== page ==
C40, and city networks more in general, need to be seen 'inside out' too. In response to Davidson, Gleeson and Coenen, we argue that it is imperative to acknowledge more explicitly how networks like C40, or international urban policy programmes more generally, are situated within a broader political economy of ‘global urban governance’. We detail that this means unpacking the often convenient use of popular names like ‘C40’ and ‘Arup’ to remember that these entities are complex organisational arrangements with internal (within their own organisation) as much as transversal (across them and other similar organisations) politics and, not least, often highly mobile people shaping the ways they act and react internationally.

  • The Role of AIIB in the ‘New Normal’ Era for Indonesia and ASEAN

    History shows that trade and industrialization were the keys to economic development in East Asia and Southeast Asia. But situations change. The current rise in economic nationalism leads one to ask: Can Southeast Asian nations, including Indonesia, still use the old recipe of open trade and industrialization? Does economic cooperation still have a place? Against the backdrop of a changing trade environment and creeping protectionism under the Donald Trump US administration and amid lackluster global growth, the question that we must ask is, what can Indonesia and other Southeast Asian nations do given these conditions? This essay will specifically examine how the Asian Infrastructure Investment Bank (AIIB) can play a role in this situation. This essay argues that to overcome the anti‐globalization sentiment, it is necessary to create regional cooperation success stories from policies that are politically feasible and economically sound. There are several candidates for such success stories, including using the ASEAN Infrastructure Fund to develop ASEAN connectivity. The AIIB together with the ADB can play an important role here.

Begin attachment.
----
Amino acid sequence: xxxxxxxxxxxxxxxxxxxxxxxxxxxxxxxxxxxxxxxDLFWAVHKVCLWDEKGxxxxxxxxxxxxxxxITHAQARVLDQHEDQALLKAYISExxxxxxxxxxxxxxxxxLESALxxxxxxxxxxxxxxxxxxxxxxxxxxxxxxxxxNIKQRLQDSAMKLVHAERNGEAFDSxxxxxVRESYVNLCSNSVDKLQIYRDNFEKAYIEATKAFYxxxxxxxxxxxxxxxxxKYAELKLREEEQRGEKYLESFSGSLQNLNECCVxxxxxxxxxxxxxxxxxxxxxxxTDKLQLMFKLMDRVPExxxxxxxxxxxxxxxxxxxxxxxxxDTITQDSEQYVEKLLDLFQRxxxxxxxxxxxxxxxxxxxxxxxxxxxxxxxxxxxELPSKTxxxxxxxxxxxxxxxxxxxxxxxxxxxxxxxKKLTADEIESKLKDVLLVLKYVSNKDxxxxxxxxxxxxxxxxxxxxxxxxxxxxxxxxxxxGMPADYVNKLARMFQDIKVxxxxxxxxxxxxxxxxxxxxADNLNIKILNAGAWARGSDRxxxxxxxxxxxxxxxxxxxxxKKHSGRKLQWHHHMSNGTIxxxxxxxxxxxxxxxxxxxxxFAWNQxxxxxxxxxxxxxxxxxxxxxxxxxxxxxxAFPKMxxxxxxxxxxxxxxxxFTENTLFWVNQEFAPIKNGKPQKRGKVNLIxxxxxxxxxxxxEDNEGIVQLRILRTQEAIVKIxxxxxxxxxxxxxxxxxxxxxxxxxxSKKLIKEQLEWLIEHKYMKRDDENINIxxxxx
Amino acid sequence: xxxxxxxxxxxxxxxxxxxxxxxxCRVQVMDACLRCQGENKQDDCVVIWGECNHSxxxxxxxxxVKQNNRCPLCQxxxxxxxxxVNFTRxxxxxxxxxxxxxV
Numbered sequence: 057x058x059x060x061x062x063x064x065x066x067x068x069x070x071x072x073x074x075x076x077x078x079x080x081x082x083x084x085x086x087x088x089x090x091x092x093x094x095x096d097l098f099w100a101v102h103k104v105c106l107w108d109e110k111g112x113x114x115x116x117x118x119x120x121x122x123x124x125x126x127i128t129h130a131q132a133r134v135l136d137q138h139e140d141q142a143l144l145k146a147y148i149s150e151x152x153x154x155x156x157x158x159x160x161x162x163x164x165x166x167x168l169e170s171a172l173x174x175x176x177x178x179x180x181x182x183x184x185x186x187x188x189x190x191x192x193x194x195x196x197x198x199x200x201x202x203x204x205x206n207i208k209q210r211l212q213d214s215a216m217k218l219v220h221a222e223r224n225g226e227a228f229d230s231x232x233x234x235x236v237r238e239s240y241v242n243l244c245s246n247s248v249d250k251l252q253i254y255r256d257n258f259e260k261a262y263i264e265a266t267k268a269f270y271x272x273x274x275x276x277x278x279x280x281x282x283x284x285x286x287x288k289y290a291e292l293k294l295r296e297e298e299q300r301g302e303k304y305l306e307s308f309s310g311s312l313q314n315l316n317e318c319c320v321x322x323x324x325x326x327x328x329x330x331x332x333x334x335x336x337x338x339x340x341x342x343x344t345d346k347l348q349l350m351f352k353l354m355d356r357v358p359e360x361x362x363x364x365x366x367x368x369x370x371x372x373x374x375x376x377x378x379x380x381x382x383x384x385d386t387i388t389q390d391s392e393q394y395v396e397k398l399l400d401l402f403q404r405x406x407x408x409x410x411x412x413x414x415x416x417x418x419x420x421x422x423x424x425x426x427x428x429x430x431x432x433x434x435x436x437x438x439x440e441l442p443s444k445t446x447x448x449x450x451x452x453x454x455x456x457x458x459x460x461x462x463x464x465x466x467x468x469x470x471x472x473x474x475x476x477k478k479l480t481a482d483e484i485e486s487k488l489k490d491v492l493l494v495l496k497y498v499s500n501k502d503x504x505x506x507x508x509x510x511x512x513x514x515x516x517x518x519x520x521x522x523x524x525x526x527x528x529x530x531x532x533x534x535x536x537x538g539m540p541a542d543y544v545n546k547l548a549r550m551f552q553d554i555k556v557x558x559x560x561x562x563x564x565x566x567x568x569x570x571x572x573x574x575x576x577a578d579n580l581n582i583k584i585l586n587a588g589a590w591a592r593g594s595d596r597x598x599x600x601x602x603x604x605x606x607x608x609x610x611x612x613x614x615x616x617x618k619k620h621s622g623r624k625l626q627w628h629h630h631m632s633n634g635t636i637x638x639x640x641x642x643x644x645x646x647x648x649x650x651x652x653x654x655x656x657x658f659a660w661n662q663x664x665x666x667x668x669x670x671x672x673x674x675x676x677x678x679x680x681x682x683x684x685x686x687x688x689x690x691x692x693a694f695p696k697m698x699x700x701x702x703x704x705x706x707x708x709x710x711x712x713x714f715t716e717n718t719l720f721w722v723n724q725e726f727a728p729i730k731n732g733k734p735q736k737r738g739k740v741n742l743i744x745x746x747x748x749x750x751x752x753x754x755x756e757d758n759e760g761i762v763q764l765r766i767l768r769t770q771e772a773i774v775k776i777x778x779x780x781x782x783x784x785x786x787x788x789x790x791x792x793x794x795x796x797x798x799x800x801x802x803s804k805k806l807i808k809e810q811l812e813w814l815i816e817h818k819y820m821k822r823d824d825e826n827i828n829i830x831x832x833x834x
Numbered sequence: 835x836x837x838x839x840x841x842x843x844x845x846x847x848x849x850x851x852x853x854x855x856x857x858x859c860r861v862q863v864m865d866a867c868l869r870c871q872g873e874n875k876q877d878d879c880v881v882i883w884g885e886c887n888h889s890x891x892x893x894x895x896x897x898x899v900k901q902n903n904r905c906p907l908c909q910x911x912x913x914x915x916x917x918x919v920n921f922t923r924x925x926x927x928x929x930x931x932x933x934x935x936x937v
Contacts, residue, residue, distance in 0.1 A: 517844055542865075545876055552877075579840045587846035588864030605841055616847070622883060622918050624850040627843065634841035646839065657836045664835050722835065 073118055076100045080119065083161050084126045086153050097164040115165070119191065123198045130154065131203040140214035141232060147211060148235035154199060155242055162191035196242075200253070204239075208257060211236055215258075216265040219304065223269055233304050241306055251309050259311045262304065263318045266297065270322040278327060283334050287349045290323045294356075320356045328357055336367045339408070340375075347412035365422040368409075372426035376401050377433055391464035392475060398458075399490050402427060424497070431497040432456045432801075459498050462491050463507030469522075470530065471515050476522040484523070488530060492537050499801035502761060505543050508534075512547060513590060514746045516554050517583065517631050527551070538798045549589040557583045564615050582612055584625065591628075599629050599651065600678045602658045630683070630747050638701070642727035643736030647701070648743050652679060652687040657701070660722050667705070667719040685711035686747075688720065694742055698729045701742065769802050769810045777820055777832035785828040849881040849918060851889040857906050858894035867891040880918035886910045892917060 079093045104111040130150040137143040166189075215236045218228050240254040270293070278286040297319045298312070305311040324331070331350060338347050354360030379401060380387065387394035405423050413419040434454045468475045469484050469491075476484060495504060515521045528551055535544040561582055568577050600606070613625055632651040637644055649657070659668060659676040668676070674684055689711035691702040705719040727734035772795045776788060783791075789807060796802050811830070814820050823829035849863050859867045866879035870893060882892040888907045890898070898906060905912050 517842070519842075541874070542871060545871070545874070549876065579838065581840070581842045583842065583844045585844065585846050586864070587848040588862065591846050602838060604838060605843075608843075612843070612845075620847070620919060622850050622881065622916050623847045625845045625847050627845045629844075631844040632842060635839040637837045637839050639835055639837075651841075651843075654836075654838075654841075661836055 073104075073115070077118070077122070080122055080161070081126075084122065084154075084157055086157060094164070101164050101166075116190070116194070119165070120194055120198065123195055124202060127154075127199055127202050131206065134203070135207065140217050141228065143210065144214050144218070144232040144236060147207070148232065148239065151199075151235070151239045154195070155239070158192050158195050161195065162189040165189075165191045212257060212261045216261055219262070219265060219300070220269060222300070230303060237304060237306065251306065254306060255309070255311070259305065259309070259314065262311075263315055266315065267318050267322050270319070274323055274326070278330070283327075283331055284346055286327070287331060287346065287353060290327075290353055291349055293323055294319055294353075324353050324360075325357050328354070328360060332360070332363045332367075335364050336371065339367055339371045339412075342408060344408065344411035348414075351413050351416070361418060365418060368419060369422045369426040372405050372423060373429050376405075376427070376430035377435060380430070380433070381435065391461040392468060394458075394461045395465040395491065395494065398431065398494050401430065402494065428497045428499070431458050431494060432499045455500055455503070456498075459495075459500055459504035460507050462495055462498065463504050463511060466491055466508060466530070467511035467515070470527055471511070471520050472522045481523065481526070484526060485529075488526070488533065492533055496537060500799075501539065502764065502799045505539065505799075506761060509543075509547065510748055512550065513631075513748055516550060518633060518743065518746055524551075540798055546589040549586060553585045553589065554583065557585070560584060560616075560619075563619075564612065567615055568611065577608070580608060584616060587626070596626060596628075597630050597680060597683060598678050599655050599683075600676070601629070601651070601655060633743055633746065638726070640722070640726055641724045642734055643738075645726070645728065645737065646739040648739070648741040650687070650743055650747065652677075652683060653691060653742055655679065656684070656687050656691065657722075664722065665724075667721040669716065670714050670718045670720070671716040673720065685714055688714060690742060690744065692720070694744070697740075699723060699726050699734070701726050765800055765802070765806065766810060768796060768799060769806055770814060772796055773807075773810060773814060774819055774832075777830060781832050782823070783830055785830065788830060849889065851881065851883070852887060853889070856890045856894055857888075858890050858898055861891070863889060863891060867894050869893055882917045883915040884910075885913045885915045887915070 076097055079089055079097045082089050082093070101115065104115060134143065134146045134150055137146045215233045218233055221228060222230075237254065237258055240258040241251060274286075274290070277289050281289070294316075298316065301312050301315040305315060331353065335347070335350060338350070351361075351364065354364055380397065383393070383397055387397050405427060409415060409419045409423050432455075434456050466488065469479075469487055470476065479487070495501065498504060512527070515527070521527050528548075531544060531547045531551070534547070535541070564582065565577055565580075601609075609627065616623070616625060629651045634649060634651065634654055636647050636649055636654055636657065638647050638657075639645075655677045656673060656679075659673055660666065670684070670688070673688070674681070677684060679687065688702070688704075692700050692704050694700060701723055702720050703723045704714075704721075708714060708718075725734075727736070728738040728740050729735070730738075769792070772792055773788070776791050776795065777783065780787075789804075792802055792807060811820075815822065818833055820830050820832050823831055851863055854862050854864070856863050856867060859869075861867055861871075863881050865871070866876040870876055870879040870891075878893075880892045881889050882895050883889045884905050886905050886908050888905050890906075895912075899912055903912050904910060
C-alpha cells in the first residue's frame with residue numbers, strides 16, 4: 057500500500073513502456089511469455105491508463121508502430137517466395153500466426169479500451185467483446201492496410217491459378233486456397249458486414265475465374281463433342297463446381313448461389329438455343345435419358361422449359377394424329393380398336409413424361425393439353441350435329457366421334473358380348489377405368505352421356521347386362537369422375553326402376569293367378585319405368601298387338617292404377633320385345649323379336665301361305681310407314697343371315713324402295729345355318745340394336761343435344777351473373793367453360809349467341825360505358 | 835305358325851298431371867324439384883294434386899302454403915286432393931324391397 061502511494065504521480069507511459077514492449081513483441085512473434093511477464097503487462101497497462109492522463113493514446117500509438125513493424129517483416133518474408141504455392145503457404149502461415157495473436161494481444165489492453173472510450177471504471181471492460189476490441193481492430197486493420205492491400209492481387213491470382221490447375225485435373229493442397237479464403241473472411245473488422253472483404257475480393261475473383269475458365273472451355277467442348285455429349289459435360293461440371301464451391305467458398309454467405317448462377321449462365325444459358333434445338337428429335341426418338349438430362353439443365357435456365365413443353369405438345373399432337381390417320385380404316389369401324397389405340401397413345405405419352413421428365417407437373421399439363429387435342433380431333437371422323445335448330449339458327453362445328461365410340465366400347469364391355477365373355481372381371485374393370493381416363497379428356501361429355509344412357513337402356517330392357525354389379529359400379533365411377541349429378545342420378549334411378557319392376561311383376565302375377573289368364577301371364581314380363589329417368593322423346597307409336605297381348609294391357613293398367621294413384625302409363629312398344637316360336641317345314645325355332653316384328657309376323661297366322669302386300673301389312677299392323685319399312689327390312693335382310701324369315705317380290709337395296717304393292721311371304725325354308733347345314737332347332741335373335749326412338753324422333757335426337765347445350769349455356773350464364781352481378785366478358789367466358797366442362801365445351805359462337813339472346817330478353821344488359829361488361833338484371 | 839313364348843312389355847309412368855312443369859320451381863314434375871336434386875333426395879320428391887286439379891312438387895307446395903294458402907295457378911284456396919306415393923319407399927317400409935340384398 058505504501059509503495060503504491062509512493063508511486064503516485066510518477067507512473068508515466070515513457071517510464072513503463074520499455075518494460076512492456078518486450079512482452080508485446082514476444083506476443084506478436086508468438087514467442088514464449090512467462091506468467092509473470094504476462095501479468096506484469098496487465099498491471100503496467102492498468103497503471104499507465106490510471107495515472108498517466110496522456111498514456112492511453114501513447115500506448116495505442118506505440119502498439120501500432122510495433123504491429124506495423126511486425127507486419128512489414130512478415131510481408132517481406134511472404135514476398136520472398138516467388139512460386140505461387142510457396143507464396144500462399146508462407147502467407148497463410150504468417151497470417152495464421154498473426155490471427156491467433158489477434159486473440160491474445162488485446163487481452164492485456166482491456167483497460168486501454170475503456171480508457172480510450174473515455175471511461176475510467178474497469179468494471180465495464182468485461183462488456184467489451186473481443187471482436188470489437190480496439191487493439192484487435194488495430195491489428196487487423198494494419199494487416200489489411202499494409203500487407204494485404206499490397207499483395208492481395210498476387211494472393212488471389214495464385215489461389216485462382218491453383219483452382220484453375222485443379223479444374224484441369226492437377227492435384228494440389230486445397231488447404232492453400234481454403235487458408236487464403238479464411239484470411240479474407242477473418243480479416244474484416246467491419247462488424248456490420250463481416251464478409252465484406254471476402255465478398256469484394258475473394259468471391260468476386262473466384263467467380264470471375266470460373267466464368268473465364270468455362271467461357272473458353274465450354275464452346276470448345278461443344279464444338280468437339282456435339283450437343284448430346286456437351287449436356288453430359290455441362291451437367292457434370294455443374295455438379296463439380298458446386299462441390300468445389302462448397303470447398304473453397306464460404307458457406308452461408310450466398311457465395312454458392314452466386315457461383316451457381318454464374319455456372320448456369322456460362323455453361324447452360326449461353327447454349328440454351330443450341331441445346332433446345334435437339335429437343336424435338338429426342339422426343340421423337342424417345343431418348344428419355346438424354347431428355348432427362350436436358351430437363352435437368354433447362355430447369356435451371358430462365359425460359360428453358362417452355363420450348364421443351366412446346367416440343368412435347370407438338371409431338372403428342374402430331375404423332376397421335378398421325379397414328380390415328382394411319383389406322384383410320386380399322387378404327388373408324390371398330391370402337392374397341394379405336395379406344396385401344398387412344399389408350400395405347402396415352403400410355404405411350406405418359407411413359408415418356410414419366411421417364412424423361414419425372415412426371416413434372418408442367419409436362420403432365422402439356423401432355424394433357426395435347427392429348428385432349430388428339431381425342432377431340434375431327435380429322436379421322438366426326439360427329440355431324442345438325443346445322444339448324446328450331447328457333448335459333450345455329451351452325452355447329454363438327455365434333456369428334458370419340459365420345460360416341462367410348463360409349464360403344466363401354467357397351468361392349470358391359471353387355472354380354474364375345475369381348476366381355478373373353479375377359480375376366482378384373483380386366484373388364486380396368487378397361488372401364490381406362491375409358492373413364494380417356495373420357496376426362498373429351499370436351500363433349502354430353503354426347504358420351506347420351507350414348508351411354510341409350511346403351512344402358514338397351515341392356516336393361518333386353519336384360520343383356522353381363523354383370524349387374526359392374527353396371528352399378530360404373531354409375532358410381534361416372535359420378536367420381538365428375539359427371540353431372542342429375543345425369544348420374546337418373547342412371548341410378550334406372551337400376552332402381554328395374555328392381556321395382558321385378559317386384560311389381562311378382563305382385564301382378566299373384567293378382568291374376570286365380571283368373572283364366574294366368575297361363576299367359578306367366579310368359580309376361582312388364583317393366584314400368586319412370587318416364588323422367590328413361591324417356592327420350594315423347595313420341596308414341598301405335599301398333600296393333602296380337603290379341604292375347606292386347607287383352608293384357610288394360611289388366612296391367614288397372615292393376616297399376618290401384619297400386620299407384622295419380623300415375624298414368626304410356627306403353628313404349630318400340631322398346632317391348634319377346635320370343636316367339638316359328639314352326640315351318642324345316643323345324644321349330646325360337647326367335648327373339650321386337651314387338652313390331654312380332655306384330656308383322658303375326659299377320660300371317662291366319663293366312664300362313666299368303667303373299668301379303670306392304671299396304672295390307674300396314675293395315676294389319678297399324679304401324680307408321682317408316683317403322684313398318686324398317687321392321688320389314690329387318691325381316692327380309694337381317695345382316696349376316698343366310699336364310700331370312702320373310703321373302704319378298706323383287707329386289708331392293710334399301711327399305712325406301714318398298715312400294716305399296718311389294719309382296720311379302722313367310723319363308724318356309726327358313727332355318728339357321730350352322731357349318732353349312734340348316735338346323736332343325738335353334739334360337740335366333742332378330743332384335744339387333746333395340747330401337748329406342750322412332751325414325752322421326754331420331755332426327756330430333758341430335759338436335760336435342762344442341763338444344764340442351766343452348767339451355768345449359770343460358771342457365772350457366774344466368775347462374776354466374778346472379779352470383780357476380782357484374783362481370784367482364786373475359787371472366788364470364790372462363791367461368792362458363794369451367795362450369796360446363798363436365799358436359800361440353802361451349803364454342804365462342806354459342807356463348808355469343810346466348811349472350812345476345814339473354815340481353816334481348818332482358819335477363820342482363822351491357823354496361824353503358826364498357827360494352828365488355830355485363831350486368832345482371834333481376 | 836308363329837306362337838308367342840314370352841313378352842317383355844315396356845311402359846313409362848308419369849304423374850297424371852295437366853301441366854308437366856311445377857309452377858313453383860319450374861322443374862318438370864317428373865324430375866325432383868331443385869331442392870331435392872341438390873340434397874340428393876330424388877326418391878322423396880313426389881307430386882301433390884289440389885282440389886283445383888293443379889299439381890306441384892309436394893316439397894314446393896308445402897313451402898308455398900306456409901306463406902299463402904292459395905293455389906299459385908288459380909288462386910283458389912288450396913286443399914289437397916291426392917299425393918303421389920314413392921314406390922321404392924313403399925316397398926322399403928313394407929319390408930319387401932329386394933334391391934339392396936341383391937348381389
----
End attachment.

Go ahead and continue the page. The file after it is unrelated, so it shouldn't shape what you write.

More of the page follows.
• A Decade of C40: Research Insights and Agendas for City Networks